## Friday, April 22, 2011

### MOV Cutoff Filter

The next tweak we'll look at for RPI goes back to our previous discussion about the limits of prediction.  We noted there that the last possession of the game could swing the final game score by 6 points.  Even if it's hard to quantify exactly, there's a certain random component in final game scores.  That's particularly a concern for rating systems that rely only on won-loss records, because a swing of a few points in a close game could change a game from a win to a loss.  Intuitively at least, we might want to discount close games when calculating RPI, under the theory that they're not really good evidence that one team was better than the other.

The easiest way to do this is to filter out all games where the final MOV was less than some threshold when computing a team's RPI.  Making that change and applying it with various thresholds to our current best "% Correct" RPI variation gives these results:

Predictor    % Correct    MOV Error
1-Bit62.6%14.17
RPI (unw,15+15+70)75.4%11.49
RPI (nw, 15+15+70, mov-cutoff=1)76.8%11.46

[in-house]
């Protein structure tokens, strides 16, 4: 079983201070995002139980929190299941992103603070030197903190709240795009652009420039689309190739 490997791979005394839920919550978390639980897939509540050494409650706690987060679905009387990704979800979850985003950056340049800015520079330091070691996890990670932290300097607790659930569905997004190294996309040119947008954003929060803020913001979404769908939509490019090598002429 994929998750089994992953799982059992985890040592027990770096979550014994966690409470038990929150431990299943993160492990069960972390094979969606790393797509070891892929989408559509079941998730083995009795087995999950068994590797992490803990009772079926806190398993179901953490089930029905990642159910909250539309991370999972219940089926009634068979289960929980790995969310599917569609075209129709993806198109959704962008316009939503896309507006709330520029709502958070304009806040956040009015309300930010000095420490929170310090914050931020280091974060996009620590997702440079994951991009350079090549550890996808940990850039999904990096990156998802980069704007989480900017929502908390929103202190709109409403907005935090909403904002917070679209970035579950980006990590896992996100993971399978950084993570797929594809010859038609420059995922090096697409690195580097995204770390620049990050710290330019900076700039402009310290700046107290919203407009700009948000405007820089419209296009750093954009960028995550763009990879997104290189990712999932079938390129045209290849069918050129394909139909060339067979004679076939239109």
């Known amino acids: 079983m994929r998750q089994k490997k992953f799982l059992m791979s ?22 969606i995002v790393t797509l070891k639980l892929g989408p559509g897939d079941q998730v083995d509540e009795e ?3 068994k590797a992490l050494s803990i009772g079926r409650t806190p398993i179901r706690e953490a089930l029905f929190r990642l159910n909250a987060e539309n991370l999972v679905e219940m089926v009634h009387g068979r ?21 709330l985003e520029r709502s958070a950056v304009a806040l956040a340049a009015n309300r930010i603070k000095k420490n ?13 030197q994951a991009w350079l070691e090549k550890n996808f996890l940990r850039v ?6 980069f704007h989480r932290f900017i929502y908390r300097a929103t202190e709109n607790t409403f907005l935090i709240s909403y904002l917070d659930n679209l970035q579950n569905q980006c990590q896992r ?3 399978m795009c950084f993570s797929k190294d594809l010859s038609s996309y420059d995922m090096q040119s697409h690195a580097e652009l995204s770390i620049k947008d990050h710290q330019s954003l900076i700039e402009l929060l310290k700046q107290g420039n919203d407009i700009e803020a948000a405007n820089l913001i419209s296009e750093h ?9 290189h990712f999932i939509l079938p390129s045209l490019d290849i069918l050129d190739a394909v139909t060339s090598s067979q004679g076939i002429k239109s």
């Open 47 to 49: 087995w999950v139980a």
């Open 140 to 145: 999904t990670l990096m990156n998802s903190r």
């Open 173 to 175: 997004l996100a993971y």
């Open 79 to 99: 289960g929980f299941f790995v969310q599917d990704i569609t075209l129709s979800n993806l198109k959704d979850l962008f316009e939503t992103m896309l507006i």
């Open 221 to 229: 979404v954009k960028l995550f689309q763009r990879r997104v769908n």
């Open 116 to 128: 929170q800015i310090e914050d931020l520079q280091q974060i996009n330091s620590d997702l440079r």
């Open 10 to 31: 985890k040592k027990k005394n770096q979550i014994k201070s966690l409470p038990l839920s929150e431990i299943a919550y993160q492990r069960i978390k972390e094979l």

RPI (nw, 15+15+70, mov-cutoff=3)75.4%11.56
RPI (nw, 15+15+70, mov-cutoff=8) 73.4%11.62
RPI (nw, 15+15+70, mov-cutoff=12)70.0%11.98

Filtering out all games that were decided by 1 point provides a big improvement in "% Correct" and a small improvement in "MOV Error". It's also interesting to note how resilient RPI is to removing games. MOV cutoff = 12 removes more than 40% of the games and only introduces a few percent more error.

We can try the same technique with our current best "MOV Error" variation (the infinitely deep RPI):

Predictor    % Correct    MOV Error
1-Bit62.6%14.17
RPI (improved)74.6%11.33
RPI (improved, mov-cutoff=1)74.2%11.31
RPI (improved, mov-cutoff=3)74.6%11.43
RPI (improved, mov-cutoff=8) 73.4%11.36
RPI (improved, mov-cutoff=12)72.0%11.79

Again, an MOV cutoff of 1 provides a (small) improvement in the MOV Error.

It turns out I lied in the last post when I said the MOV cutoff would be the last tweak we examined for RPI.  In the next posting, I'll take a quick look at calculating RPI using a rolling window that only counts the last "N" games, to see if there's a usable "recency" effect in teams' performances.